Study Design

Each appointment for amniocentesis at the study center included a genetic counseling session immediately prior to the scheduled test. Two telephone interviews were conducted with the participants. The first interview prospectively explored knowledge of amniocentesis, attitudes and ambivalence toward undergoing amniocentesis, the underlying values and beliefs participants felt contributed to these attitudes, and the role of referents in decision-making by asking participants to reflect on each of these. The interview preceded genetic counseling by 3–5 days to explore these concepts prior to any influence from the genetics providers, to focus on the initial decision-making process, and to preempt the potentially confounding effects of reassuring outcomes. The second interview assessed test decision but preceded the disclosure of the test results for those women who chose to undergo amniocentesis.

Data Analysis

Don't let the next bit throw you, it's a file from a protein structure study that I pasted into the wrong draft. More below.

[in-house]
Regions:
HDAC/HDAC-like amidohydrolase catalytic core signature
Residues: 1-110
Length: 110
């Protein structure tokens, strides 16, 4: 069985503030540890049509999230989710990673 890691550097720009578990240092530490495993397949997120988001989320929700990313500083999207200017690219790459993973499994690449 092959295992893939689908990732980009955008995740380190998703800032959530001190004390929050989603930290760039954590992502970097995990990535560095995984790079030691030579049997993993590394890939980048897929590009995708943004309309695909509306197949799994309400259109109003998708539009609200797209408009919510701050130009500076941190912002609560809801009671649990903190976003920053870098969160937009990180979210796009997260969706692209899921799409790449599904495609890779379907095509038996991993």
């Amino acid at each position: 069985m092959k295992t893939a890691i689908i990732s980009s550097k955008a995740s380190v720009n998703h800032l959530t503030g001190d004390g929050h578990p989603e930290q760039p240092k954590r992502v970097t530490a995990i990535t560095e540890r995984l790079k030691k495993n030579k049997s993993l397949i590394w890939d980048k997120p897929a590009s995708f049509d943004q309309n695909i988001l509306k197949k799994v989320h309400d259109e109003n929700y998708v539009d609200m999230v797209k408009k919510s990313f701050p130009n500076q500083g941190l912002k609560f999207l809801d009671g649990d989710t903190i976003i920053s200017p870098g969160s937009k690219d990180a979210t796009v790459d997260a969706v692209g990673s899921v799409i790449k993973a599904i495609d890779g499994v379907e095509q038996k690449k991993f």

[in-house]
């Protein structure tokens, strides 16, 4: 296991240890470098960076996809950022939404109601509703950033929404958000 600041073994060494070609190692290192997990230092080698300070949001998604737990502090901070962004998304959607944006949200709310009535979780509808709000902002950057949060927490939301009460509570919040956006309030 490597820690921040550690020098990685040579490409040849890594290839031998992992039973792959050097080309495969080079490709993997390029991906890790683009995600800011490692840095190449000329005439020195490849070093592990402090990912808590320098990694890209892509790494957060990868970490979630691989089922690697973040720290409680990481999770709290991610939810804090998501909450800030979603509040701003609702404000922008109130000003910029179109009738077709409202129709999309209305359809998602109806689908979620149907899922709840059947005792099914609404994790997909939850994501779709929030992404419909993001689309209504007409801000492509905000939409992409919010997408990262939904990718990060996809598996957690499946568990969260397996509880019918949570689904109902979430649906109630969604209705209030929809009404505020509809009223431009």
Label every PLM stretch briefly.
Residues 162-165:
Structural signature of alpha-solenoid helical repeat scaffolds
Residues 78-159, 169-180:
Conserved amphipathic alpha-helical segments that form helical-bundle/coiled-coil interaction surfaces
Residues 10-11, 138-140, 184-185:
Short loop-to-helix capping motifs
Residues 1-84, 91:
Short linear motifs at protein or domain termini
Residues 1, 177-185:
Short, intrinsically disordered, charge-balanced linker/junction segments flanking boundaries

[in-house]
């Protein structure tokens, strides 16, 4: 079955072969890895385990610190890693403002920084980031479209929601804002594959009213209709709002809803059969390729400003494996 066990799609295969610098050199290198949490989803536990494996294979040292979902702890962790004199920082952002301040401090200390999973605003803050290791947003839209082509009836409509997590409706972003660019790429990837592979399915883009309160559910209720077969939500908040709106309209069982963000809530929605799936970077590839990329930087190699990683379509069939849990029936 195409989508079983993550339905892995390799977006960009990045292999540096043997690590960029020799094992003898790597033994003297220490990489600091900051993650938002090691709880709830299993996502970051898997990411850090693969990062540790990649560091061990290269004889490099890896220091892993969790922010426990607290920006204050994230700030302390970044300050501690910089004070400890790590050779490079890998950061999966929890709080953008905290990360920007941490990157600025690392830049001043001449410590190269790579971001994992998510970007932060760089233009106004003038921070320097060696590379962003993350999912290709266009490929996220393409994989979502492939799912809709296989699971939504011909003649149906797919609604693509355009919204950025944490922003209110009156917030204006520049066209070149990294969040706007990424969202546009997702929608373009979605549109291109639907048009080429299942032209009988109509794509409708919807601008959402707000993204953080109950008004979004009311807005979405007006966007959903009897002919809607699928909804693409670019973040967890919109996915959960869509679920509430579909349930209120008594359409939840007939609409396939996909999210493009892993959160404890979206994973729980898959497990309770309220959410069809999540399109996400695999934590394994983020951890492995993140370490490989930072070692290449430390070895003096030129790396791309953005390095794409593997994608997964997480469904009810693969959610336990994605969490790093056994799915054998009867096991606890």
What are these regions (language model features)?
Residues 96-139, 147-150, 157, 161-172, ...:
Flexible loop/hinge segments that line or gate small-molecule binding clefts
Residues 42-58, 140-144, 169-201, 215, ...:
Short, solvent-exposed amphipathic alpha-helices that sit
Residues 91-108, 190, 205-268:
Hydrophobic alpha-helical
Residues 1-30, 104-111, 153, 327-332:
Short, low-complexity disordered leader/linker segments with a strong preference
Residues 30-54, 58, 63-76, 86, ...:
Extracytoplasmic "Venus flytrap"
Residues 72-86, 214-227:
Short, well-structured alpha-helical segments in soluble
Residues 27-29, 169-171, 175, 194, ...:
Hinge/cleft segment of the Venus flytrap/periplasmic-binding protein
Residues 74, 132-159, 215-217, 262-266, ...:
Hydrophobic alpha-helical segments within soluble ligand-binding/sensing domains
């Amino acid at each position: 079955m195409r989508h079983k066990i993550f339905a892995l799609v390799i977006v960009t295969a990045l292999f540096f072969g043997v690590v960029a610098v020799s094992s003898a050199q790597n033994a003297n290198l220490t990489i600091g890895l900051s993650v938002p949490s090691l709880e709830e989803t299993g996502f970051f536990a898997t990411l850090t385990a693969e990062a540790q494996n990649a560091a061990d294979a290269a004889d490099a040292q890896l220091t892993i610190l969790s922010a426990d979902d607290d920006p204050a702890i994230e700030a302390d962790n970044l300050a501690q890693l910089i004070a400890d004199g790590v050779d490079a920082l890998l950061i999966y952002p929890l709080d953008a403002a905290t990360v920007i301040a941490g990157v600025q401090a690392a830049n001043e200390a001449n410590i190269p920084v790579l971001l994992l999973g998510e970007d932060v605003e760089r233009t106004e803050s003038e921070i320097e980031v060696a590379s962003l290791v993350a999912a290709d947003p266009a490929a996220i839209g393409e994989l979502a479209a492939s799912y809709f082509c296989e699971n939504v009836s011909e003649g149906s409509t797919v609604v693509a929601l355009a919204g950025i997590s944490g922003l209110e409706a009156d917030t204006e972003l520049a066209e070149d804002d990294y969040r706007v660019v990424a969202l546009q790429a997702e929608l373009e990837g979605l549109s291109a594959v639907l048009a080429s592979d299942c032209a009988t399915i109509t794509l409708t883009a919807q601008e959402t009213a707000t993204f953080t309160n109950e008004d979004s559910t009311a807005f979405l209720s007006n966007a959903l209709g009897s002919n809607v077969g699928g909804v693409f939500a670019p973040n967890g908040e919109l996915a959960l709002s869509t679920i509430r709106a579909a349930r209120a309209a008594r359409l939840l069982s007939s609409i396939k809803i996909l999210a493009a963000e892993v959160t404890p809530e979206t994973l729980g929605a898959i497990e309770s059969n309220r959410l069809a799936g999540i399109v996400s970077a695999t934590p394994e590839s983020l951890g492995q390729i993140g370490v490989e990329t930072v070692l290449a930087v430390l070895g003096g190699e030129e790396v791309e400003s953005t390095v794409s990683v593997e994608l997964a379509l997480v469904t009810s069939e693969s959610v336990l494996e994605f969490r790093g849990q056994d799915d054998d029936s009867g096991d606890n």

Transcripts of the first interview responses were analyzed to identify broad themes in participants' responses. A codebook was developed and used to categorize responses using constructs in the TPB as a framework (Sandelowski, 2000; Mason, 2002). The codebook was revised further based upon the content of the interviews using an iterative approach. The primary coder (JS) coded all transcripts. A second coder (ES) independently reviewed and coded five transcripts to ensure consistency in coding text. Any discrepancies that emerged were discussed and resolved. Coded text was imported electronically into QSR-NUD.IST®, a qualitative database, to facilitate analysis.